As I ponder, just how to start this review, a phrase keeps playing in my head: Thank goodness for record stores. Let me explain…
Back in 2014, I was perusing my local Newbury comics, and my guy, the 20-something in touch with all things “new” in the rock world, suggested a title from a band with the conspicuous name, Nothing. The record, Guilty of Everything (which, OMG SPOILER ALERT, ended up being my top album of 2014) was a throwback of sorts to a bygone era (I make it sound Mesozoic...in fact, more like the early 90s) where bands of a certain sound, picked up the moniker of “shoegaze”, as they had a stage presence in that they could tell you what sneakers they were wearing at ANY point in a performance. I love bands of this ilk, going back to Ride, Catherine Wheel, Pale Saints et al. Over the course of a few months, I listened to that debut LP time and time again, delighting in the nuance, swirling in the melodies. And as often happens, my love for one record, became my undying thirst for the next. Patiently, I waited, until in January of 2016, this video crossed my twitter feed.
A grand total of 55 seconds of music, a scant minute of wall to wall sound, and I was as ready as I could be for the May 13th release date…
…or so I thought.
There was no way I could have ever been ready for this. The record, Tired of Tomorrow, opens with the sublime “Fever Queen” (the same riff as heard in the teaser trailer above), a 3 minute explosion of sound that sets the absolute perfect tone for the listener to be taken on a ride. The guitars, enhanced and enabled by pedals of tone, emanate from speakers as if waves hitting the shore. Not to be outdone, the tight rhythm section holds the bottom (and beat) soundly. And then you hear the voice…or two. Founding member Nicky Palermo and Brandon Setta do more than perform the vocals, they own them. Where most duets have harmonies that complement, Palermo and Setta’s voices ENVELOP each other’s, whether at a whisper, or in dual, full voice. (This is a standard trope of sorts for bands of the 90s movement, such as Mark Gardner / Andy Bell in Ride….but never like this) The record continues with the ballad-of-sorts “The Dead are Dumb” (a fantastic song as well) and then a CRAZY thing happens as the needle moves inward more…the record veers off its previous “shoegaze” path, and takes a perfect turn to a different, more mid-90s (think Pumpkins) sound. “Vertigo Flowers”, the first single released from the album, still has the big guitars, the pounding drums, the harmonized goodness, but takes the shape of a more “traditional” rock song. And the elements, all mixed together and awash with color, come to fruition with staggering aplomb. (the song itself has a 90degree “turn” in it as well, another one of my favorite nuances in song) Another standout, “A.C.D.” continues the onslaught, as now the record transforms from a “what did I JUST hear?” to “what is NEXT??” situation. At this point, it’s apparent that on-the-rise super-producer, Will Yip, and band have put a lot of attention to detail in the tracking of the album, as (while not a concept record by any stretch) Side 1 unfolds as one big story, each song a wonderfully spun chapter. “Eaten By Worms” opens the second half, and it’s another assault on the ears, in the most pleasant way possible, transitioning from heavy guitar seamlessly to piano notes, all without skipping a beat. The record closes with a three song run that could fit on any rock album, of any genre, from the past 30 years. Showing the more “gentle” side as previously seen on their EP Downward Years to Come , yet nonetheless, as powerful as the seven tracks that proceeded them. The title track brings down the curtain, with, again, another zig to the previous zags. “Tired of Tomorrow” is a piano ballad (with strings) in the truest sense of the word. And in a(nother) word, it is magnificent. (here’s more words to describe it….haunting, stoic, stunning, etc…etc…) Throughout the record, the words may be sparse, but are steeped in depth. The pain of despair a theme throughout, yet the incredible melodies, musicianship, and vocals leave the listener with the feeling of hope more than any other.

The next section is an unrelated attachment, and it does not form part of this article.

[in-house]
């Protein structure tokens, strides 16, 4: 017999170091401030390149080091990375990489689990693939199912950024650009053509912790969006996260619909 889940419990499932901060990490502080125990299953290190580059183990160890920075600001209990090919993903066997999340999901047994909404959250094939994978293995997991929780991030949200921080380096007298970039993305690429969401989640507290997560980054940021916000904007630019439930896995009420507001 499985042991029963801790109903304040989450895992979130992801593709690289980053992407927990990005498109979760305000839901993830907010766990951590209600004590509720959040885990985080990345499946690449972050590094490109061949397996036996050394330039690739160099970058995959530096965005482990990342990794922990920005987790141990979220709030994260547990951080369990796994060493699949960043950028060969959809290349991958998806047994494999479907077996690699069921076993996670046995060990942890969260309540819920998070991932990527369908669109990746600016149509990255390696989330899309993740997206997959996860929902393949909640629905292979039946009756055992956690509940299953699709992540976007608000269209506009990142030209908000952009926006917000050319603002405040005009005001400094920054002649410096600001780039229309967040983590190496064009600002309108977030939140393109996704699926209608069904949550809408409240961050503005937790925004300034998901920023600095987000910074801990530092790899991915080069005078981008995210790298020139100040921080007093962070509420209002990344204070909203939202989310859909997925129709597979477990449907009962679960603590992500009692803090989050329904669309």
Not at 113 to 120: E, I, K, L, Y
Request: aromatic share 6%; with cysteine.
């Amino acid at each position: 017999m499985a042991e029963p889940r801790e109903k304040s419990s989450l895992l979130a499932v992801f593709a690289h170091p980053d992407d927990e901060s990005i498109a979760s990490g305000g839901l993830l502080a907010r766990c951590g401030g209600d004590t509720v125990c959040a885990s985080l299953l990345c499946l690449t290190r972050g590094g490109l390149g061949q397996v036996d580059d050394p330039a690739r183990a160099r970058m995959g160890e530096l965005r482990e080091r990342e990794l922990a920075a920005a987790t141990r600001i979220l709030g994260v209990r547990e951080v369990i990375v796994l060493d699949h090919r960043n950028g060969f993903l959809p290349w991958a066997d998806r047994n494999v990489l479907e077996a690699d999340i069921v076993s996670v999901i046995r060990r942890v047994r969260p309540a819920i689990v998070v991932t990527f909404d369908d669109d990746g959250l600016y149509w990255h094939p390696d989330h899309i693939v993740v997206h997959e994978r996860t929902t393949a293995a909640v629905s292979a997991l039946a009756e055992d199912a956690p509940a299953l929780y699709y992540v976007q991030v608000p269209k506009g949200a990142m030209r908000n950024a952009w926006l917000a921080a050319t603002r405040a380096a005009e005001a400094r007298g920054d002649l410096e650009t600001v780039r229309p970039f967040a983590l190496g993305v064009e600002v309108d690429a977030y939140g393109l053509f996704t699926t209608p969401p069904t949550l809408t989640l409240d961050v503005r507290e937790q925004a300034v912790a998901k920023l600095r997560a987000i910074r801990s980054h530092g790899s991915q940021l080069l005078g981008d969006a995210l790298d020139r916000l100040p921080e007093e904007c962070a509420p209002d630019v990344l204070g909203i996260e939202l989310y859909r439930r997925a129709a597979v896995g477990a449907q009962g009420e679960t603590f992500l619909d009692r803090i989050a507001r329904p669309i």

Rating: 9.5 / 10 (an absolute “run-don’t-walk” situation) This is a record that defies labeling...it is NOT a shoegaze record, it is not post-punk, it is not "indie"...it's just masterful
Favorite Tracks: All of them. Seriously. (but start with A.C.D and Fever Queen)
Side note: The making of the record has been documented in a 6 part YouTube series produced by the label, Relapse Records. It is a fascinating tale to be told. There is a LOT of history in this still-young band, and a TON of destiny in front of it.
Thanks for the read!
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